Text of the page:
In order to measure your success as a blogger, you need to start measuring your blog metrics.
Of course you know what a blog is. But do you know what metrics are?
Metrics are the specific ways you measure the success of the strategies you have chosen to meet your goals.
An example I know you’ll love is weight loss. For most of us, the goal is usually to maintain or lose weight. To make the example very clear, I’ll talk about weight loss.
Weight Loss Metrics
Pounds is a metric you can use to measure whether you are successfully losing weight. It’s pretty easy, although not always fun, to see whether you have lost weight. All you have to do is step on the scale.
The world of blogging offers quite an array of complex metrics to find out whether our blogs are successful.
The first thing you need to do is sign up for Google Analytics. Click here for a helpful tutorial. This tutorial covers how to add analytics to both custom sites and WordPress sites.
Important Blog Metrics Definitions
In order for you to get started measuring success with blog metrics, you need to know definitions for some of the most common blog metrics.
- Unique visitors. This is the number of unduplicated people who come to your site. You want this number to be trending up.
- Repeat visitors. These are people who liked your site and came back again. Although we all love repeat visitors, this number should be around 15% of your total because the idea is to get new traffic.
- Traffic sources. There are three important kinds of traffic. They are:
- Direct. Direct traffic is people who typed in your URL. These are people who know you well enough to know your URL. That means they may be your husband or your mother. Not exactly hot leads for new purchases!
- Organic. Organic traffic comes from search terms (also known as keywords) people typed into their search boxes.
If this number is 40 to 50% that means you’ve optimized for search and people who need your service or product can find you.
- Referral. Referral traffic comes from other websites. This is also valuable because it brings new people to your site while building your site’s authority. You should be looking for 20 to 30% of your traffic from sources like other websites and social channels.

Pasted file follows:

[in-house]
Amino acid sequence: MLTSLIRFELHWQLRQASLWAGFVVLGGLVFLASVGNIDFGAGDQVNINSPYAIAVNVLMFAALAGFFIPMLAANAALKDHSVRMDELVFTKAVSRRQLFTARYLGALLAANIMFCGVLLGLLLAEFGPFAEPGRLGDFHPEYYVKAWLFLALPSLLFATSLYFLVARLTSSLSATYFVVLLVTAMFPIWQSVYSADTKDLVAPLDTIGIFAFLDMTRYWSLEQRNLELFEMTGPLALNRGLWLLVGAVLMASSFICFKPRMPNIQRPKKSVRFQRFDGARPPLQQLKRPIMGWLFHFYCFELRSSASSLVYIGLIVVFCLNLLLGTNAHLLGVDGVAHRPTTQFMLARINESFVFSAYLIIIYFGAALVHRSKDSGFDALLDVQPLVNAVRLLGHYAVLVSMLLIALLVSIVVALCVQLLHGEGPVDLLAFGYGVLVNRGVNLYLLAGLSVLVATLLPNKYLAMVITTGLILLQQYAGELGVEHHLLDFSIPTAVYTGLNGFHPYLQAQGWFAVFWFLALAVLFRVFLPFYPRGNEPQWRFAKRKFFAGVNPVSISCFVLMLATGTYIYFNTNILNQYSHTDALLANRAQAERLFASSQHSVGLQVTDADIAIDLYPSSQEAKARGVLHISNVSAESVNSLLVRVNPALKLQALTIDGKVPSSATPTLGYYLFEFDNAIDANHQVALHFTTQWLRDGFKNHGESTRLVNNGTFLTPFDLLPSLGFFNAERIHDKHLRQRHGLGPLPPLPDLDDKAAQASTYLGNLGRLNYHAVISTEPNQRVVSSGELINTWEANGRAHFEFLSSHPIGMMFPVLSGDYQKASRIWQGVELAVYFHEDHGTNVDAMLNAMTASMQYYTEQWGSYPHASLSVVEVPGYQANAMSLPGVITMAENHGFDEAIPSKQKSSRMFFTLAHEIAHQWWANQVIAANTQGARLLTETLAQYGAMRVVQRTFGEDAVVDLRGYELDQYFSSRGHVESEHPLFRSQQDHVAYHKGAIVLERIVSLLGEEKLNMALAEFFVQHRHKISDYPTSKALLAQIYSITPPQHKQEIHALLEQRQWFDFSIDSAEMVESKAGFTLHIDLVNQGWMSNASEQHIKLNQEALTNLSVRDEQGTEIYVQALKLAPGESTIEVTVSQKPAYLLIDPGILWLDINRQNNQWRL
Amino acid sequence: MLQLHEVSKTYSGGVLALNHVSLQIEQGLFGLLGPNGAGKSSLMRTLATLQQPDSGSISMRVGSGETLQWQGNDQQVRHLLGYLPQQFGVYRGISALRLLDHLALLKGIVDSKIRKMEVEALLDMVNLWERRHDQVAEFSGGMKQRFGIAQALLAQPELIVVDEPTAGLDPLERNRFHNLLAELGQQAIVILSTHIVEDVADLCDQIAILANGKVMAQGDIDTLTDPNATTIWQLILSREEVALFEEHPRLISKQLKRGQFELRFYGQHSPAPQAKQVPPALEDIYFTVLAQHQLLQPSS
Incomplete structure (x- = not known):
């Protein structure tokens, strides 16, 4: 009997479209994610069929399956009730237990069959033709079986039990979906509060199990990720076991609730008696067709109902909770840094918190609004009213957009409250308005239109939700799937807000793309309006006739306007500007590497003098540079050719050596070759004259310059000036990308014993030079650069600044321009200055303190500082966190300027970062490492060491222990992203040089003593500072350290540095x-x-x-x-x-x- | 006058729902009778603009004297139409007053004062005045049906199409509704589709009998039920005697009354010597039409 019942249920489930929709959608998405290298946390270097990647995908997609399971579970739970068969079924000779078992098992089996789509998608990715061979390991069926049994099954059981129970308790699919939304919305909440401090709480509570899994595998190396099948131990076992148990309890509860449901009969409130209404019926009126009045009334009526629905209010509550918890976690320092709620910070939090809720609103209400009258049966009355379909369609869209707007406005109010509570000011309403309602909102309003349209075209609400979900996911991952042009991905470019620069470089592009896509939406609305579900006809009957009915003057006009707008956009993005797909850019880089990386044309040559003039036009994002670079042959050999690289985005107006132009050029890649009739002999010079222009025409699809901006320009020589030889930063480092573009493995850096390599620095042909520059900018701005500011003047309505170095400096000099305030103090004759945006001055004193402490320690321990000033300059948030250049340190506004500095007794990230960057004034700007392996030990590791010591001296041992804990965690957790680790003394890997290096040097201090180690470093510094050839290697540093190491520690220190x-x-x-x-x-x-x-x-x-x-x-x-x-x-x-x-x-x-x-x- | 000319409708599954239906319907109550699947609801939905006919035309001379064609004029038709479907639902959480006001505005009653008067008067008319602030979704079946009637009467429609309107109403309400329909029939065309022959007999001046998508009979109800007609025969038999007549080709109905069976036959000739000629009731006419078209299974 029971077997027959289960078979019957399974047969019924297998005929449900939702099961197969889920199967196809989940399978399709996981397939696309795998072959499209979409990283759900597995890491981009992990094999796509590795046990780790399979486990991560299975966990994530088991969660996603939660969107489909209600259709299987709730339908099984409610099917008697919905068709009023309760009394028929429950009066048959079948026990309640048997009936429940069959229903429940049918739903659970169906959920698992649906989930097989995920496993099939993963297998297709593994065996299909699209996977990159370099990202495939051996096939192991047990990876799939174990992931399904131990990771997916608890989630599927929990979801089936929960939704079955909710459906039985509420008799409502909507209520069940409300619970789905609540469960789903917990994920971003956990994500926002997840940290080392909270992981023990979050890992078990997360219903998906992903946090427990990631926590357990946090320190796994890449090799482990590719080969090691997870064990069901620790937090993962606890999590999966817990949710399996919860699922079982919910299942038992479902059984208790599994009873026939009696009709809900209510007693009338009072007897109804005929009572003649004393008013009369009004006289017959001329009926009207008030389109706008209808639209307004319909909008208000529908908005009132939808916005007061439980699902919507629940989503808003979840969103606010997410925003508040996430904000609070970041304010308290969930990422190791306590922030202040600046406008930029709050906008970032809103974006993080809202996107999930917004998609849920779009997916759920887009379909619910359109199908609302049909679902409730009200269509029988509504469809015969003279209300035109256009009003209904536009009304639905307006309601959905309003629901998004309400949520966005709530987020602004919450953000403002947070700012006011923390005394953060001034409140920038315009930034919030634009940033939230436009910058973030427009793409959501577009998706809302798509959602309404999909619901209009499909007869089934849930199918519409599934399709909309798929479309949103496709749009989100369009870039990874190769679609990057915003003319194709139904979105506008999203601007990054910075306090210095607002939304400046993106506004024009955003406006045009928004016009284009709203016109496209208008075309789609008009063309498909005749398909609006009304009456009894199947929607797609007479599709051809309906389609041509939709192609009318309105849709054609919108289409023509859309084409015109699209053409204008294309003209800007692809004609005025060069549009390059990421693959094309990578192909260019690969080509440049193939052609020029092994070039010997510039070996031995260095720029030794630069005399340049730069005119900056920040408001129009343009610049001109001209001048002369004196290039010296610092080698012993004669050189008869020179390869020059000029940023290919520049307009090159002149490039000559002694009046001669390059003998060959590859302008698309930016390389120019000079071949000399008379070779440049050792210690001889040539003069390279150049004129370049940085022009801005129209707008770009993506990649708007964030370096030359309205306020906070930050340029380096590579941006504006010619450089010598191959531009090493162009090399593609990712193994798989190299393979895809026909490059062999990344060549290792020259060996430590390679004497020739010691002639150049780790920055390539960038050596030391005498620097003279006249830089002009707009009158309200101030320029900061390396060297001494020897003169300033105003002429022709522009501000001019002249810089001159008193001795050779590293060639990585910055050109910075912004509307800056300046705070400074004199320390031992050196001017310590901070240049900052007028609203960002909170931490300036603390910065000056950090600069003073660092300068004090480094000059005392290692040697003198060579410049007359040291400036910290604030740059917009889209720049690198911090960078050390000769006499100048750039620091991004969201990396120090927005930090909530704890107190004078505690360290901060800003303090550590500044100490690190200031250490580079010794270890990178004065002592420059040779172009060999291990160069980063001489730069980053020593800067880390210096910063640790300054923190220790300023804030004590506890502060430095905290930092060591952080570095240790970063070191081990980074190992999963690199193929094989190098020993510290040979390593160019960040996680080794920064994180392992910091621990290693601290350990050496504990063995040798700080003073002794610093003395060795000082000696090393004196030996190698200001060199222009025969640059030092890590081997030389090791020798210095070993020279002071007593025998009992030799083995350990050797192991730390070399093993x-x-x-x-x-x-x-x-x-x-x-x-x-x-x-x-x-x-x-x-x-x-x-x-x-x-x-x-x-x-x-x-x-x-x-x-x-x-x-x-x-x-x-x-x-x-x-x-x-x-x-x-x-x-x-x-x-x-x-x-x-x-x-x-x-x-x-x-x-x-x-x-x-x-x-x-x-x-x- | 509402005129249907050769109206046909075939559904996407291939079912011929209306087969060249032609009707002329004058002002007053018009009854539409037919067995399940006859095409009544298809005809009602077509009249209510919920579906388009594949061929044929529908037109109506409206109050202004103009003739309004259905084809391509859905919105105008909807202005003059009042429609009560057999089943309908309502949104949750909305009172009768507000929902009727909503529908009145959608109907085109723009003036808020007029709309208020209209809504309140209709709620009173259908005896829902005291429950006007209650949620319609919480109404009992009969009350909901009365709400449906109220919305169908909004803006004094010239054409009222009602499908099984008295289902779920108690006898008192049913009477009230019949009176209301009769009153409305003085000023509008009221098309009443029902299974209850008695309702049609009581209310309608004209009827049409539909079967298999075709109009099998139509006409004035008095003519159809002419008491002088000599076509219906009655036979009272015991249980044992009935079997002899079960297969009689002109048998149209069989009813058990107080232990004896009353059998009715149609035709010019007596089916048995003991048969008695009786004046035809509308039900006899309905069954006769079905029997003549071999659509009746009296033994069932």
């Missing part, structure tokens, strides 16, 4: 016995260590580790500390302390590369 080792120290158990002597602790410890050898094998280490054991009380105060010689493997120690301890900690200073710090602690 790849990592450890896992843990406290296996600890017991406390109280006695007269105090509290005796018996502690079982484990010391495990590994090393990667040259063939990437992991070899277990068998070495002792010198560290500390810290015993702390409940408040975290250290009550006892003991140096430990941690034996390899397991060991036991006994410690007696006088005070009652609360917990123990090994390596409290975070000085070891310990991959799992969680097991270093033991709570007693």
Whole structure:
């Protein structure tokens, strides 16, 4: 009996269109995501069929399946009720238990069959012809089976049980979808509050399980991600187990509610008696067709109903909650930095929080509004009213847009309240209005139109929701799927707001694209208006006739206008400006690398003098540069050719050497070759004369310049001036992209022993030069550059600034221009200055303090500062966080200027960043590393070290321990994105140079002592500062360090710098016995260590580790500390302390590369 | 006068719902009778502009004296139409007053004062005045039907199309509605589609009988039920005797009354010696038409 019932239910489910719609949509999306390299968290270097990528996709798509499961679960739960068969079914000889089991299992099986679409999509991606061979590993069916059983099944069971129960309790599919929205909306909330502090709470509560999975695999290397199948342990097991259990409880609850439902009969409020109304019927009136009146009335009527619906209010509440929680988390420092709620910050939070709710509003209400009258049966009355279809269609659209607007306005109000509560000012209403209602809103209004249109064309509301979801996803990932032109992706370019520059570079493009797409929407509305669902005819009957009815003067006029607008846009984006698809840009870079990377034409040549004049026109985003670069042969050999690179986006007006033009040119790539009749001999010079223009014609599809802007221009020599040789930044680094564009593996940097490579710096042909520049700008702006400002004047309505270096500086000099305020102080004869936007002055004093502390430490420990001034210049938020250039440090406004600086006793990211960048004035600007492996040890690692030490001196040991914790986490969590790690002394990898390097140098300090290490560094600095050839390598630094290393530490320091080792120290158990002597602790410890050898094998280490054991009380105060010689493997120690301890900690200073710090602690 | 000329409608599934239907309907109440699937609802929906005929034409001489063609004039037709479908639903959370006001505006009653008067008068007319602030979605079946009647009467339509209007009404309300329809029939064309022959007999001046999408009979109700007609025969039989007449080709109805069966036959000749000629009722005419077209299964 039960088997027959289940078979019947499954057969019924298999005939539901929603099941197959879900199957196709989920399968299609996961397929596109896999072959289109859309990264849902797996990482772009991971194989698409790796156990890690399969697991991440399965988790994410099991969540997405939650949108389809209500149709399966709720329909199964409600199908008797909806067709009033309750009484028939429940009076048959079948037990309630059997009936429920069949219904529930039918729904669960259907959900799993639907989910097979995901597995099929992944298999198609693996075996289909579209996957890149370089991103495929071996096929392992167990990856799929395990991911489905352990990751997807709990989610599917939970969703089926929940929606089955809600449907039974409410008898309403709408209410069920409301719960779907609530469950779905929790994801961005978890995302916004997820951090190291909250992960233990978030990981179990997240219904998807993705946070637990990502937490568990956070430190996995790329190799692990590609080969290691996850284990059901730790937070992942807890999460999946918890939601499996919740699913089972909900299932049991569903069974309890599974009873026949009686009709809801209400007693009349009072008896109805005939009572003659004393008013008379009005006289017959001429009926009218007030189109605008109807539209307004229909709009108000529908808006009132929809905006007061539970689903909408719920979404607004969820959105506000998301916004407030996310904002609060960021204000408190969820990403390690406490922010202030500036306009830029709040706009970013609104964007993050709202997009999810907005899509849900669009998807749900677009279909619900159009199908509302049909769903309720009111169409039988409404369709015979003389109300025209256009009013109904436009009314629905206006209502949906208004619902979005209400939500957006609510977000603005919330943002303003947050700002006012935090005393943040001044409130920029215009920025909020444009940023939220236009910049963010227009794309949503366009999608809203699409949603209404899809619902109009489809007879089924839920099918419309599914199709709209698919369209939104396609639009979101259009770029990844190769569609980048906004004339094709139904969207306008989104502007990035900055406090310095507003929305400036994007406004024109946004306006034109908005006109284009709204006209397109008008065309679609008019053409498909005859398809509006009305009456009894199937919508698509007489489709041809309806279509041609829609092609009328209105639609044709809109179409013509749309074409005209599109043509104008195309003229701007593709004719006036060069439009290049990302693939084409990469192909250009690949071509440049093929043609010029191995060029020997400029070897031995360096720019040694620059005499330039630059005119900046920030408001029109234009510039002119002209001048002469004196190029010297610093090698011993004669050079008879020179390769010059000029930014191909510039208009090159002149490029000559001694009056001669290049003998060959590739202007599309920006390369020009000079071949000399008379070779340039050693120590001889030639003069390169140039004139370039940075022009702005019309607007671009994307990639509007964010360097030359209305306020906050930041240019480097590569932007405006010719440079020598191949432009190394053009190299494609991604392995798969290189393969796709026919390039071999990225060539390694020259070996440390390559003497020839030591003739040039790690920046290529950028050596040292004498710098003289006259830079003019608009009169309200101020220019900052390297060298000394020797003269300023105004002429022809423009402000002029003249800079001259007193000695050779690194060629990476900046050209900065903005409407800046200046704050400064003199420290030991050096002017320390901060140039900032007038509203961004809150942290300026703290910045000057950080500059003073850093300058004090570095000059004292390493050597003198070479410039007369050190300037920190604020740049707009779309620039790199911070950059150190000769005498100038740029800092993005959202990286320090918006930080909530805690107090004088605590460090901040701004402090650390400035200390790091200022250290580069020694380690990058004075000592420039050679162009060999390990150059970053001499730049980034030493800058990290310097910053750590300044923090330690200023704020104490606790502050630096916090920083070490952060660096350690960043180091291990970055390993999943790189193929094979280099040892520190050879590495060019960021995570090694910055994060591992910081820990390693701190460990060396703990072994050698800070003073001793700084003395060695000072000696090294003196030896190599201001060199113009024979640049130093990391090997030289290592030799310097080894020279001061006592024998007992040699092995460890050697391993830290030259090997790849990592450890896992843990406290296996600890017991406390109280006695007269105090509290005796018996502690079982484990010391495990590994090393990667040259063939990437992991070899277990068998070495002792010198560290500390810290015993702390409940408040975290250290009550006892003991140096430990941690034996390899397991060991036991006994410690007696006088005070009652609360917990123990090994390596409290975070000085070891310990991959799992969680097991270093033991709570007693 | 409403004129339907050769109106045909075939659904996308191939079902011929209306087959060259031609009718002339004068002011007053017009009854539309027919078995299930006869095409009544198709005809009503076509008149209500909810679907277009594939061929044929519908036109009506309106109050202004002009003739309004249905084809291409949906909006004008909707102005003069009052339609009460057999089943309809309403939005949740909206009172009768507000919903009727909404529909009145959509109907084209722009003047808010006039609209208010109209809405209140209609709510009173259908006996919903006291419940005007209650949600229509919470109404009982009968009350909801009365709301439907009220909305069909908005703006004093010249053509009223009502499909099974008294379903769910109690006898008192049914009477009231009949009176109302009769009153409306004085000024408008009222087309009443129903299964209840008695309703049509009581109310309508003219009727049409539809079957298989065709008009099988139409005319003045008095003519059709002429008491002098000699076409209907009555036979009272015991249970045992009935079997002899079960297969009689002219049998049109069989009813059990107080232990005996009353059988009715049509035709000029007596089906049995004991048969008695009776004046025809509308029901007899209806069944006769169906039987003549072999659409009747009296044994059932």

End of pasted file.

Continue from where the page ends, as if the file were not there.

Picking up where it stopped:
For blogs, it is especially important to know where your traffic is coming from because that will help guide your promotion efforts.
- Most/least popular pages. This information allows you to know where you need to be spending your time. Unpopular pages may not merit your time and energy or, if they are important (such as your home page), you may need to tweak the content to make it more inviting.
- Bounce rate. This is one of the few numbers that should be falling over time. You wouldn’t want people to knock on your door and then run, would you? If your bounce rate is high or climbing that means that people aren’t finding what they expected when they got to your site.
- Individual post views. Individual post views can tell you which topics you cover are most attractive to your audience. Or, they might tell you something seasonal — like if you do a post about Halloween in December, you just may find yourself getting fewer page views.
- Social Media Engagement. There are many interesting things for beginners to analyze among their social media channels. Here are some examples:
- Facebook “likes”
- Twitter retweets and @mentions
- Blog comments (don’t forget to respond to each one!) and
- YouTube video views
Many bloggers maintain opt-in subscriber lists for email newsletters. Here are some email marketing metrics:
- List growth rate. List growth rate is, of course, how fast your list is growing.
- Click Through Rate (CTR). CTR is how often people click on a link embedded in your email.
- Email sharing. Email sharing is how often people share the email with friends or through social channels.
- Conversion rate. Conversion rate measures how often people did something you wanted them to as a result of the email–such as clicking a link in an email to make a purchase.
As you start learning about blog metrics you will be surprised to find just how much information can be tracked and analyzed. Take some time to understand these blog metrics and apply them to your own blog.
Put what you learn into a spread sheet so that you can start to see how your results change over time. You may be surprised to find how small changes you make as a result of analyzing your blog metrics make big changes.
Now that you know more about measuring success with blog metrics, what will you do to make your blog even more successful?
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